No announcement yet.

Polishing Questions

  • Filter
  • Time
  • Show
Clear All
new posts

  • Polishing Questions

    I recently purchased the polishing kit from Caswell for Aluminum. I used a die grinder with about 26,000 rpm. First off I had trouble getting the block of compound onto the wheel. It seemed to just decinegrate when I ran the wheel up to it. I set it out in the sun and that seemed to help alittle, but there still wasnt much compound on the wheel. Also, I couldn't get the aluminum to show any results. It honestly didn't look any different from when I started. I used the black compound with the rope like wheel. Does anyone have any tips? Is the grinder fast enough? I really appreciate any help, I want to get my bike done for the sand dunes during Thanksgiving!!!

  • #2
    I would say it depends what diameter of polishing wheel you are using.


    • #3
      The kit is designed for use with an electric drill. I doubt the die grinder is powerful enough the spin 4" wheels effectively.
      Mike Caswell
      Caswell Inc
      Need Support? Visit our online support section at


      • #4
        The Aluminum mite have an Anodizing layer on it.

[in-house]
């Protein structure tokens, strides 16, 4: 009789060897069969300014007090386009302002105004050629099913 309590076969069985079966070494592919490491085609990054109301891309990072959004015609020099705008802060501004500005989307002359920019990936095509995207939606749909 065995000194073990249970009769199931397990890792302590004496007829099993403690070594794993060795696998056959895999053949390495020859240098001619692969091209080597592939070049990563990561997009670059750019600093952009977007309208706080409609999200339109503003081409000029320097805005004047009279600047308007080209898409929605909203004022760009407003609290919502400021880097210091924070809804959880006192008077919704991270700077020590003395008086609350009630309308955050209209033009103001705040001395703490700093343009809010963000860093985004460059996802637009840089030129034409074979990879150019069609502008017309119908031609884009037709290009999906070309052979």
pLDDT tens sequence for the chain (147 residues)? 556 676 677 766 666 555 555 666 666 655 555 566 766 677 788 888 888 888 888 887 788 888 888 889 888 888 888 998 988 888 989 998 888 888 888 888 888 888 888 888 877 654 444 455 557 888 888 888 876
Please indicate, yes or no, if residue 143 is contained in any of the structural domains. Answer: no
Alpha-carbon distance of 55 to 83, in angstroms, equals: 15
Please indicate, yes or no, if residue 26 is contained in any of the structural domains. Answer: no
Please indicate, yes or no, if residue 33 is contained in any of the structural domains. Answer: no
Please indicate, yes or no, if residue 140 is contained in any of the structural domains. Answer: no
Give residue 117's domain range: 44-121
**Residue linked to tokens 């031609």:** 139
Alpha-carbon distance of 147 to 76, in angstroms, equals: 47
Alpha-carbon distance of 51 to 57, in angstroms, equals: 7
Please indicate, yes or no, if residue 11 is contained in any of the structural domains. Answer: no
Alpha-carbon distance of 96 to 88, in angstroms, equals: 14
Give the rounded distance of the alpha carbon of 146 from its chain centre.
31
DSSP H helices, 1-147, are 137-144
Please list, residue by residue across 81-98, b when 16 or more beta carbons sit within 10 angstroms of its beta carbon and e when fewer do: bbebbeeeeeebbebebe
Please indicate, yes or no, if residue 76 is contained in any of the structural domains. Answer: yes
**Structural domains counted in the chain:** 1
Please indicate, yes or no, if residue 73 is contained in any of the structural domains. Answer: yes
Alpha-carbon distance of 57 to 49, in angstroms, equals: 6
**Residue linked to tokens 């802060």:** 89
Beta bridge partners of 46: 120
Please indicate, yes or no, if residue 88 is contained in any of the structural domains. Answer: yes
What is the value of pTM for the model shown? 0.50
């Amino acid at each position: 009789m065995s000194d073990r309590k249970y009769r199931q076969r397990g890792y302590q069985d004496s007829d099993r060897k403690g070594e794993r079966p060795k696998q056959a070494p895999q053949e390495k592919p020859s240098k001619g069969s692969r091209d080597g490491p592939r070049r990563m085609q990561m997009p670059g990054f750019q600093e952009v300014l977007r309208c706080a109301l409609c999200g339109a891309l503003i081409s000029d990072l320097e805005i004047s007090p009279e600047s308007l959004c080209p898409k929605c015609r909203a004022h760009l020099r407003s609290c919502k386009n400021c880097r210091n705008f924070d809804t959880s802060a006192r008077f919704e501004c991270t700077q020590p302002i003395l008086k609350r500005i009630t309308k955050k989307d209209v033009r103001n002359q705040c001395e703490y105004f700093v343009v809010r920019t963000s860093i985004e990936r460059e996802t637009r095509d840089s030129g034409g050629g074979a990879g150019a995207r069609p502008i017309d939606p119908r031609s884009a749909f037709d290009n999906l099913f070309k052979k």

• #5
          Check out the caswell buffbook - it explains the key thing is surface ft per minute and gives you the calculations for rpm. You can also check out this chart >>

          Assuming you are using 4 in" wheel then you are looking for something between 4000 and 7000 rpm. In other words your polishing wheel is currently going too fast and is unlikely to have enough power so when you apply the compound you can't apply enough pressure to melt the compound without the wheel stopping.

          Alternatively maybe try 1 or 2" polishing wheel which will have the benefit of getting into smaller spaces but it will longer to polish bigger areas as the surface area of the wheel touching the part is less. I have not tried this so I couldn't comment on how successfull this would be but maybe someone else who has tried this can help?


          • #6
            The wheels are 4". I didn't think an electric drill would be fast enough to do any good. What speed am I looking for from a drill and how much horsepower should it have? Also, if I dropped the size of the wheel, that would be worse wouldnt it? I would have less surface feet per minute. Thanks for everyones help!


            • #7
              I run 4" wheels on a Makita 1/2" drill and sometimes stack two wheels together. It's right on the edge of not having enough "oomph" when I really go to town with the sisal wheel, but so far it's doing the trick.

              I'm sure I'll be replacing the output bearing on the drill soon as I doubt Makita figured on extreme side loads for extended periods of time when they designed it.

              Wish I had a 1hp buffer with some seriously long shafts tho...